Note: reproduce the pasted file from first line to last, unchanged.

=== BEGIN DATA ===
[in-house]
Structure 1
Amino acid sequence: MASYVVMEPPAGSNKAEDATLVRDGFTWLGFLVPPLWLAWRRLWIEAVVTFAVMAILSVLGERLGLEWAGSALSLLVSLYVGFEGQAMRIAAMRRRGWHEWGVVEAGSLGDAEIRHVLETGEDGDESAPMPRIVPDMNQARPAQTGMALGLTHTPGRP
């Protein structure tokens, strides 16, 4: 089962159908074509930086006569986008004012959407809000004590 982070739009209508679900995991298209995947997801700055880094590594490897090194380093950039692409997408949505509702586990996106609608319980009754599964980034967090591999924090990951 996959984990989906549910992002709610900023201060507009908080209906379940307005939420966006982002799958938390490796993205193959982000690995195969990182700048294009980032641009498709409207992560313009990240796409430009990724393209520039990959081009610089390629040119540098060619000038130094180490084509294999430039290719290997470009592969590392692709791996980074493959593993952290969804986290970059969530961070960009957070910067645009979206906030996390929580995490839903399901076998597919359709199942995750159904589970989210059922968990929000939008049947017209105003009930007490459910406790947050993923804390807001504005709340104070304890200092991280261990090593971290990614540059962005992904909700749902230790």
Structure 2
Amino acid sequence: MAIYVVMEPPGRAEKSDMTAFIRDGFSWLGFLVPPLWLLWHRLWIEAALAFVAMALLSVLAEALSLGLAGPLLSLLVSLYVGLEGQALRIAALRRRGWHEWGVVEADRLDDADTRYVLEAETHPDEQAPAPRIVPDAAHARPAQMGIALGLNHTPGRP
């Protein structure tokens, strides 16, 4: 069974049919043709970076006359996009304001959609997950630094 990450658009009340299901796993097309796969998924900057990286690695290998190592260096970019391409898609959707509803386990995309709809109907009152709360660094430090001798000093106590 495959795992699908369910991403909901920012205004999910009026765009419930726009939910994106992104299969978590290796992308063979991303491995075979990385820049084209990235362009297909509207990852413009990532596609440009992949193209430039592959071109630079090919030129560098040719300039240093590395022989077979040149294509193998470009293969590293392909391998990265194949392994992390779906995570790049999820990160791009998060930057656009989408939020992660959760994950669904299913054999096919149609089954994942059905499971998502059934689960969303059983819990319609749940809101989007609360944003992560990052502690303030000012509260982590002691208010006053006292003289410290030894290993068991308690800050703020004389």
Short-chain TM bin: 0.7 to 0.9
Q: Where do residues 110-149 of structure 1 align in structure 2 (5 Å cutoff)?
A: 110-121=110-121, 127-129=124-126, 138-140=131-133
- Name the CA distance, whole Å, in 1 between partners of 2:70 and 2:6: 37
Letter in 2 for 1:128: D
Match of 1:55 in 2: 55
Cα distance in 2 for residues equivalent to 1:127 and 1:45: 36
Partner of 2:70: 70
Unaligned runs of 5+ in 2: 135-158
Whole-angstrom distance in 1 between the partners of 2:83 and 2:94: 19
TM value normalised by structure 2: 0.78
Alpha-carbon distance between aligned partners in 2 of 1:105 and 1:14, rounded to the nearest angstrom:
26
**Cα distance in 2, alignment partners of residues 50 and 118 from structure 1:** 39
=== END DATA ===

[in-house]
Structure 1
Amino acid sequence: MASYVVMEPPAGSNKAEDATLVRDGFTWLGFLVPPLWLAWRRLWIEAVVTFAVMAILSVLGERLGLEWAGSALSLLVSLYVGFEGQAMRIAAMRRRGWHEWGVVEAGSLGDAEIRHVLETGEDGDESAPMPRIVPDMNQARPAQTGMALGLTHTPGRP
């Protein structure tokens, strides 16, 4: 089962159908074509930086006569986008004012959407809000004590 982070739009209508679900995991298209995947997801700055880094590594490897090194380093950039692409997408949505509702586990996106609608319980009754599964980034967090591999924090990951 996959984990989906549910992002709610900023201060507009908080209906379940307005939420966006982002799958938390490796993205193959982000690995195969990182700048294009980032641009498709409207992560313009990240796409430009990724393209520039990959081009610089390629040119540098060619000038130094180490084509294999430039290719290997470009592969590392692709791996980074493959593993952290969804986290970059969530961070960009957070910067645009979206906030996390929580995490839903399901076998597919359709199942995750159904589970989210059922968990929000939008049947017209105003009930007490459910406790947050993923804390807001504005709340104070304890200092991280261990090593971290990614540059962005992904909700749902230790």
Structure 2
Amino acid sequence: MAIYVVMEPPGRAEKSDMTAFIRDGFSWLGFLVPPLWLLWHRLWIEAALAFVAMALLSVLAEALSLGLAGPLLSLLVSLYVGLEGQALRIAALRRRGWHEWGVVEADRLDDADTRYVLEAETHPDEQAPAPRIVPDAAHARPAQMGIALGLNHTPGRP
């Protein structure tokens, strides 16, 4: 069974049919043709970076006359996009304001959609997950630094 990450658009009340299901796993097309796969998924900057990286690695290998190592260096970019391409898609959707509803386990995309709809109907009152709360660094430090001798000093106590 495959795992699908369910991403909901920012205004999910009026765009419930726009939910994106992104299969978590290796992308063979991303491995075979990385820049084209990235362009297909509207990852413009990532596609440009992949193209430039592959071109630079090919030129560098040719300039240093590395022989077979040149294509193998470009293969590293392909391998990265194949392994992390779906995570790049999820990160791009998060930057656009989408939020992660959760994950669904299913054999096919149609089954994942059905499971998502059934689960969303059983819990319609749940809101989007609360944003992560990052502690303030000012509260982590002691208010006053006292003289410290030894290993068991308690800050703020004389």
Short-chain TM bin: 0.7 to 0.9
Q: Where do residues 110-149 of structure 1 align in structure 2 (5 Å cutoff)?
A: 110-121=110-121, 127-129=124-126, 138-140=131-133
- Name the CA distance, whole Å, in 1 between partners of 2:70 and 2:6: 37
Letter in 2 for 1:128: D
Match of 1:55 in 2: 55
Cα distance in 2 for residues equivalent to 1:127 and 1:45: 36
Partner of 2:70: 70
Unaligned runs of 5+ in 2: 135-158
Whole-angstrom distance in 1 between the partners of 2:83 and 2:94: 19
TM value normalised by structure 2: 0.78
Alpha-carbon distance between aligned partners in 2 of 1:105 and 1:14, rounded to the nearest angstrom:
26
**Cα distance in 2, alignment partners of residues 50 and 118 from structure 1:** 39